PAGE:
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Coast Guard offloads 34,780 pounds of cocaine in Port Everglades

Posted: 1:01 PM, Feb 05, 2019
Updated: 2019-02-05 14:01:05-05
A Coast Guard Cutter Forward (WMEC-911) crewmember positions bales of interdicted cocaine to be loaded onto a crane and offloaded at Port Everglades, Florida, Feb. 5, 2019. The Forward crew offloaded approximately 34,780 pounds of cocaine at Port Everglades worth an estimated $466 million wholesale seized in international waters in the Eastern Pacific Ocean. Coast Guard (Photo by Petty Officer 3rd Class Brandon Murray.)

 

MIAMI — The crew of the Coast Guard Cutter Forward (WMEC-911) offloaded approximately 34,780 pounds of cocaine Tuesday in Port Everglades worth an estimated $466 million wholesale seized in international waters in the Eastern Pacific Ocean.

The drugs were interdicted off the coasts of Mexico, Central, and South America and represent 21 separate, suspected drug smuggling vessel interdictions by the U.S. Coast Guard:

  • The cutter Forward was responsible for eight cases seizing an estimated 14,207 pounds of cocaine.
  • The Coast Guard Cutter Hamilton (WMSL-753) was responsible for five cases, seizing an estimated 9,460 pounds of cocaine.
  • The Coast Guard Cutter Campbell (WMEC-909) was responsible for four cases, seizing an estimated 6,153 pounds of cocaine.
  • The Coast Guard Cutter Alert (WMEC-630) was responsible for two cases, seizing an estimated 5,736 pounds of cocaine.
  • The Coast Guard Cutter Venturous (WMEC-625) was responsible for one case, seizing an estimated 1,565 pounds of cocaine.
  • The Coast Guard Cutter Confidence (WMEC-619) was responsible for one case seizing an estimated 553 pounds of cocaine.

“The interdiction and disruption of more than 17 tons of cocaine is a result of the collaboration and coordination of multiple Coast Guard and interagency assets to address the complex maritime challenge of transnational criminal organizations,” said Cmdr. Michael Sharp, commanding officer of the cutter Forward. “I am extremely proud of all the women and men that contributed to the mission success, it is a direct reflection of how the U.S. Coast Guard delivers mission excellence anytime, anywhere.”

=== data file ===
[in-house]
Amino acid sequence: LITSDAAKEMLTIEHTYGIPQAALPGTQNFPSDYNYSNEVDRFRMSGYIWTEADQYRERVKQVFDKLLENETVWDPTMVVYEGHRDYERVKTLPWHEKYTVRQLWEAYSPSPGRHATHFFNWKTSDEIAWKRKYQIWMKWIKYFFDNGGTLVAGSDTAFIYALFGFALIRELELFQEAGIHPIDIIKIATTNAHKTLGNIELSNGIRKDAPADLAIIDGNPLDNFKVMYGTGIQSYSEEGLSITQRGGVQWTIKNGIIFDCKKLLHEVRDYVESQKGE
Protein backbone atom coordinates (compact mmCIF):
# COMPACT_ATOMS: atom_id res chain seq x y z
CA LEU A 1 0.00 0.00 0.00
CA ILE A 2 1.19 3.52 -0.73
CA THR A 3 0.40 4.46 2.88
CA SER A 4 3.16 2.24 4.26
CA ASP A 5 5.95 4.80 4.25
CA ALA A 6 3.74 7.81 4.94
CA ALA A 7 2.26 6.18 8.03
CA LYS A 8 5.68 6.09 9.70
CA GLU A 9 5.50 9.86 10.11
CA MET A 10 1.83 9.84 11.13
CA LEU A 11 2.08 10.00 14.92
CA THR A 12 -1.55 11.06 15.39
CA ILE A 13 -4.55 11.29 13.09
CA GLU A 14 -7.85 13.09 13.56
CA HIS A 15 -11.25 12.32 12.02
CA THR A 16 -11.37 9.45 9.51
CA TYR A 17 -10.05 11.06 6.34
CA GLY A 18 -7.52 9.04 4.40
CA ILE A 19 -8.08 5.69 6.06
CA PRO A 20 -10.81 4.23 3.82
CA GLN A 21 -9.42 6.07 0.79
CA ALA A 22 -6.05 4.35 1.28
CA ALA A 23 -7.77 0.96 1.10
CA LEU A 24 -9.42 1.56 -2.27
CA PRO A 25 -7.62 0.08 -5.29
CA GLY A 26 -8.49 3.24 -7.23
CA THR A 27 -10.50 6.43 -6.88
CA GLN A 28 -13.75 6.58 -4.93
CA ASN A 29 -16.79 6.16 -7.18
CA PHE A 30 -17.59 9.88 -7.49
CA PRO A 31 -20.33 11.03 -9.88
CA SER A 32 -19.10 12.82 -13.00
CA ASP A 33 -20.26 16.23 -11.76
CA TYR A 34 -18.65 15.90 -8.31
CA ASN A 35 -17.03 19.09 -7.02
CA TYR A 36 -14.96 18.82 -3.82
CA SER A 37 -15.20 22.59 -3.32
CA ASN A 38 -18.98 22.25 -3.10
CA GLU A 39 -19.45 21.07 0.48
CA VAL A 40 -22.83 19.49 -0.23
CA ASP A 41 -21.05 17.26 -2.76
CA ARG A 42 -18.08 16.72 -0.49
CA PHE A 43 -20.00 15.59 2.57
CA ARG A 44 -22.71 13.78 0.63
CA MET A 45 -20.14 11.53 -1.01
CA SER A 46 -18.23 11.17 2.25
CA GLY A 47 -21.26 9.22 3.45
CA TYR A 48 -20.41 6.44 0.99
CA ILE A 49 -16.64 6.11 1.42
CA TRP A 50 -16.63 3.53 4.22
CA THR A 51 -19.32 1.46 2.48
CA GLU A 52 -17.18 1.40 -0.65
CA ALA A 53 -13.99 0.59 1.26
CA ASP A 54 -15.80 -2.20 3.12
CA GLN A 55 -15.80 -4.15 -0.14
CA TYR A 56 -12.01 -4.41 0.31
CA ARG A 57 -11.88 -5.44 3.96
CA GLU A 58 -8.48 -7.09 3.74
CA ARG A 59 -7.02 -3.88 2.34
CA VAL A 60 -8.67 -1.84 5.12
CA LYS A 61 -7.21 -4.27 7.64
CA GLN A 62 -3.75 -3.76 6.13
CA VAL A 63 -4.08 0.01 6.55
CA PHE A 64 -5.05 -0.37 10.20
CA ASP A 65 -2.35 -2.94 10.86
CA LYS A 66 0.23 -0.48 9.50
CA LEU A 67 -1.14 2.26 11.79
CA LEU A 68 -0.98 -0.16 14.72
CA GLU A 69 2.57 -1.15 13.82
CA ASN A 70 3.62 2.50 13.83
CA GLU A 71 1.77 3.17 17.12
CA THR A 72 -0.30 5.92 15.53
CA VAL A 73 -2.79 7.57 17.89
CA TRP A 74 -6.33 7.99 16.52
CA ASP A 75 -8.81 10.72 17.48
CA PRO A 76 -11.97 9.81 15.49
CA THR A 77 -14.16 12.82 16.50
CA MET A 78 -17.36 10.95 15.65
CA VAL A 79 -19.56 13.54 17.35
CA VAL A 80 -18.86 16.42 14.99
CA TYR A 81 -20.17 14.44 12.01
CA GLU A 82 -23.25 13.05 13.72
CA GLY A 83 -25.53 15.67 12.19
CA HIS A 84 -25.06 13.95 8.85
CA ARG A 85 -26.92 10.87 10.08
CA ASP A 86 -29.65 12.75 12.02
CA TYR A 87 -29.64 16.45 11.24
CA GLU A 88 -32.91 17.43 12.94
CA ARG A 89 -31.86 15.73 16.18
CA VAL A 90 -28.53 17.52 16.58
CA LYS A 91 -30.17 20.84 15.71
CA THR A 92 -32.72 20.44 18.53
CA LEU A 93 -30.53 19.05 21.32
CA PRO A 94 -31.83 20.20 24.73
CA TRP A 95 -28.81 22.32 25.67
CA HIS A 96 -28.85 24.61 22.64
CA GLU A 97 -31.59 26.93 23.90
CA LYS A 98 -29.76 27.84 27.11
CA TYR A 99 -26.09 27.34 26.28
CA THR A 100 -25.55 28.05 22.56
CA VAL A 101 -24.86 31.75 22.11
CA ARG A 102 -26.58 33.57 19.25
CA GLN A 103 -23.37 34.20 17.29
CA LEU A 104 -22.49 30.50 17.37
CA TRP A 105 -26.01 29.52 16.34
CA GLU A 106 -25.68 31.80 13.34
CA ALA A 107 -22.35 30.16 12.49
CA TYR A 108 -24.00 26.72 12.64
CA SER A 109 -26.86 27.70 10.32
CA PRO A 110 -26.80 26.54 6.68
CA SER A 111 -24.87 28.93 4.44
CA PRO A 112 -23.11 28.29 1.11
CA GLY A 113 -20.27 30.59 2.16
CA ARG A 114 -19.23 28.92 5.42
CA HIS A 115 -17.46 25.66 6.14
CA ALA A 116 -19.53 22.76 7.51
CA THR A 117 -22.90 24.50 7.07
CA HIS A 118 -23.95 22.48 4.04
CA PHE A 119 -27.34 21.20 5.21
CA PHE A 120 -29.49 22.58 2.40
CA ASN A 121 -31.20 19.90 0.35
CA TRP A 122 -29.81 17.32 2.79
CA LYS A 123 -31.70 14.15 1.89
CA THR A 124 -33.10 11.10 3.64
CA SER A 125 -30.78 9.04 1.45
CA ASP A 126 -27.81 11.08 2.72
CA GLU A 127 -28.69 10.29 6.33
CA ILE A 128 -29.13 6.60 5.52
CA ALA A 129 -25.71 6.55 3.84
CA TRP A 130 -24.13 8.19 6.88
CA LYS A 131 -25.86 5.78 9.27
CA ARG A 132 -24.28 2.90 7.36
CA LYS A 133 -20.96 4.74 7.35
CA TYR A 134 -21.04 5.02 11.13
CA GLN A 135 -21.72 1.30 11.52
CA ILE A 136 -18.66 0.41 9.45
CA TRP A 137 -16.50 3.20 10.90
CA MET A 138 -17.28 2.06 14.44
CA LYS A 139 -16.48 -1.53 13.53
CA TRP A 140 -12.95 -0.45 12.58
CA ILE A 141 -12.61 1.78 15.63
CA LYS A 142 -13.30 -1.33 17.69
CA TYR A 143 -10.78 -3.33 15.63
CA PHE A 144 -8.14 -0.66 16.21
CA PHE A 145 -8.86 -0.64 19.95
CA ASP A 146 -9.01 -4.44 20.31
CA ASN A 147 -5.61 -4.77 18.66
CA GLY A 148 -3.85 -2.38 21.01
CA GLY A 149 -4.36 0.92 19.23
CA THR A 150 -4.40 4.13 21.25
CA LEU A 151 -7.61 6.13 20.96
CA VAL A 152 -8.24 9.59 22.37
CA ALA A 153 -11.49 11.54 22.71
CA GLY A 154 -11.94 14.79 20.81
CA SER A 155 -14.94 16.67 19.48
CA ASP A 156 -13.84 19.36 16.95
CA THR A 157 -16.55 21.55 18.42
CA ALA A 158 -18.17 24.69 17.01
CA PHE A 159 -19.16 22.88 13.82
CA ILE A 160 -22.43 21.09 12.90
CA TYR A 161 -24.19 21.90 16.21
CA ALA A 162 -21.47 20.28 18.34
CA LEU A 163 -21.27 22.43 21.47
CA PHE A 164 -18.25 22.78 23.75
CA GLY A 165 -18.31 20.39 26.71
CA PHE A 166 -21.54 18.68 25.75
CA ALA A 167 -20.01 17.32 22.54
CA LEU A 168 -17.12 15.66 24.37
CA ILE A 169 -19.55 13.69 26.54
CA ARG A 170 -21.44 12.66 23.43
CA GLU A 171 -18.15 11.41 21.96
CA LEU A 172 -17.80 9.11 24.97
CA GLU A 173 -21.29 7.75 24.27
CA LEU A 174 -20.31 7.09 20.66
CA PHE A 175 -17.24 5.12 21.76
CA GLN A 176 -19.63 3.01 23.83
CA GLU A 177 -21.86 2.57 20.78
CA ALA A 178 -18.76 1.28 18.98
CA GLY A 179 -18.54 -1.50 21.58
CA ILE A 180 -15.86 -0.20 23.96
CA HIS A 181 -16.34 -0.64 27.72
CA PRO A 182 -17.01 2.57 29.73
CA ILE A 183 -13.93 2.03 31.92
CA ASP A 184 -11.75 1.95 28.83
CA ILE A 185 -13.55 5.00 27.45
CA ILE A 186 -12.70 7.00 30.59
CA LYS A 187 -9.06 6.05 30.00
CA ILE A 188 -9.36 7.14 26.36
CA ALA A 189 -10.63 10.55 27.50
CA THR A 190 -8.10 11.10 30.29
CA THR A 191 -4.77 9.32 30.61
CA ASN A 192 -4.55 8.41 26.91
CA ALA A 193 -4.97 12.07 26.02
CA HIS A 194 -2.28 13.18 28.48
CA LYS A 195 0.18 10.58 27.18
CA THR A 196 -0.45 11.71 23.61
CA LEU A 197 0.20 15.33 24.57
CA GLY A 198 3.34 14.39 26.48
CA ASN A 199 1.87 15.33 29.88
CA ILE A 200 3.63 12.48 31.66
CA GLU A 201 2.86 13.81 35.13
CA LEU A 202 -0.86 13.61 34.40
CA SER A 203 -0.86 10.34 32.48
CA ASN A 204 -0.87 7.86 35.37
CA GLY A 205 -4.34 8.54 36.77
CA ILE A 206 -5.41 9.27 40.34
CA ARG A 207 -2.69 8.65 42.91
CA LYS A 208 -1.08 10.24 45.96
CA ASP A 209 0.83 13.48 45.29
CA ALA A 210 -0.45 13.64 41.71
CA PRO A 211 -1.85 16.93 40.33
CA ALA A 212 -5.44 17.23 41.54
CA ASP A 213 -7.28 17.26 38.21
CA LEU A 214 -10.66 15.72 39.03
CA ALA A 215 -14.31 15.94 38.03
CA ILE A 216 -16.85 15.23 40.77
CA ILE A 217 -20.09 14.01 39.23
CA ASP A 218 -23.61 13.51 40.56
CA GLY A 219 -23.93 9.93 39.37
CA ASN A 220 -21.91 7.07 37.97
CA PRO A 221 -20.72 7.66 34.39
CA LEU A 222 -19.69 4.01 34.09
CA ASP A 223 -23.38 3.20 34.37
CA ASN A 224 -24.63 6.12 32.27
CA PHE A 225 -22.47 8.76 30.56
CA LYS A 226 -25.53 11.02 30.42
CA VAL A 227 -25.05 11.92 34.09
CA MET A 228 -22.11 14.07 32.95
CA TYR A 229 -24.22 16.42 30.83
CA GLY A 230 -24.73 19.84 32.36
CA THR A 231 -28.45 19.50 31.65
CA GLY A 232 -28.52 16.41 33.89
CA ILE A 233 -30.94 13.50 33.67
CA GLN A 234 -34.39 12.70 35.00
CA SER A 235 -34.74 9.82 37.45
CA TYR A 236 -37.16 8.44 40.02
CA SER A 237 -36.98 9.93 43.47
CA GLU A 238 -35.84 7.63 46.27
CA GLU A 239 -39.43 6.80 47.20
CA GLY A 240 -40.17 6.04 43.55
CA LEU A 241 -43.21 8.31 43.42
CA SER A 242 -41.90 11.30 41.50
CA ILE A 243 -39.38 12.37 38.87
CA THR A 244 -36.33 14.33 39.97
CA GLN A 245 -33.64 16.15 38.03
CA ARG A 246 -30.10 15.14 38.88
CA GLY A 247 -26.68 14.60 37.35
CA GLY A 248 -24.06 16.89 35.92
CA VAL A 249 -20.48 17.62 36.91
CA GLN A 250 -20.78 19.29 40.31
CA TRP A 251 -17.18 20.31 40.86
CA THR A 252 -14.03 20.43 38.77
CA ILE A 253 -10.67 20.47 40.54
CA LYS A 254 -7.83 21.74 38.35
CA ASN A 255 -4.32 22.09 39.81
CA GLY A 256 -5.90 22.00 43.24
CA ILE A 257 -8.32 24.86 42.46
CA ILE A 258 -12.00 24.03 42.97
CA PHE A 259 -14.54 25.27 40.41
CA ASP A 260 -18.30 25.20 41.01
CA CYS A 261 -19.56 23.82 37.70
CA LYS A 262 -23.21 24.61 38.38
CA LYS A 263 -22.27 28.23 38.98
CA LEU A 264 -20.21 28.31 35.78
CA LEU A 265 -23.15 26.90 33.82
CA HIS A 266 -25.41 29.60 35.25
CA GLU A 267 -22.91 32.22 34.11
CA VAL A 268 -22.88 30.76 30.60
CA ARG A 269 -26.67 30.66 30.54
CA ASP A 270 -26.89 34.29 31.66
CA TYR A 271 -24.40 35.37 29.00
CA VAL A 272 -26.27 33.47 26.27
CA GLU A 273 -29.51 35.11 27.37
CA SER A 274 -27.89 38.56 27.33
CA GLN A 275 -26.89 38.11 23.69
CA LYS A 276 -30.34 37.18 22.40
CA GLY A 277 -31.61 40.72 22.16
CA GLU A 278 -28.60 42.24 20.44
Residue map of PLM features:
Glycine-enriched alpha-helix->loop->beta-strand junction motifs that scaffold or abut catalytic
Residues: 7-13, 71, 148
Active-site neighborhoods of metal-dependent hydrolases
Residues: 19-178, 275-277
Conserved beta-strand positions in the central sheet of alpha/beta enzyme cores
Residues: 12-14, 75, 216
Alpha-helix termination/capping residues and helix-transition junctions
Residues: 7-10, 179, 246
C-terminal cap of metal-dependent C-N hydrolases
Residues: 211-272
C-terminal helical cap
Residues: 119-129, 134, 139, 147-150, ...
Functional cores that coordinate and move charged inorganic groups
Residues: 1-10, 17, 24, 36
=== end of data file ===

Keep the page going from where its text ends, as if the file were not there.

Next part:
Numerous U.S. agencies from the Departments of Defense, Justice and Homeland Security are involved in the effort to combat transnational organized crime.

The Coast Guard, Navy, Customs and Border Protection, FBI, Drug Enforcement Administration, and Immigration and Customs Enforcement along with allied and international partner agencies play a role in counter-drug operations.

The fight against transnational organized crime networks in the Eastern Pacific requires unity of effort in all phases from detection, monitoring, and interdictions, to prosecutions by U.S. Attorneys in Florida, California, New York, the Gulf Coast, Puerto Rico, and elsewhere.

The Coast Guard increased the U.S. and allied presence in the Eastern Pacific Ocean and Caribbean Basin, which are known drug transit zones off of Central and South America, as part of its Western Hemisphere Strategy.

During at-sea interdictions in international waters, a suspect vessel is initially located and tracked by allied, military or law enforcement personnel. The interdictions, including the actual boarding, are led and conducted by U.S. Coast Guardsmen.

The law enforcement phase of counter-smuggling operations in the Eastern Pacific is conducted under the authority of the Coast Guard 11th District headquartered in Alameda, California.

The cutter Forward is a 270-foot medium endurance cutter homeported in Portsmouth, Virginia. The cutter Hamilton is a 418-foot national security cutter homeported in Charleston, South Carolina. The cutter Campbell is a 270-foot medium endurance cutter homeported in Portsmouth, New Hampshire. The cutter Alert is a 210-foot medium endurance cutter homeported in Astoria, Oregon. The cutter Venturous is a 210-foot medium endurance cutter homeported in St. Petersburg, Florida. The cutter Confidence is a 210-foot medium endurance cutter homeported in Port Canaveral, Florida.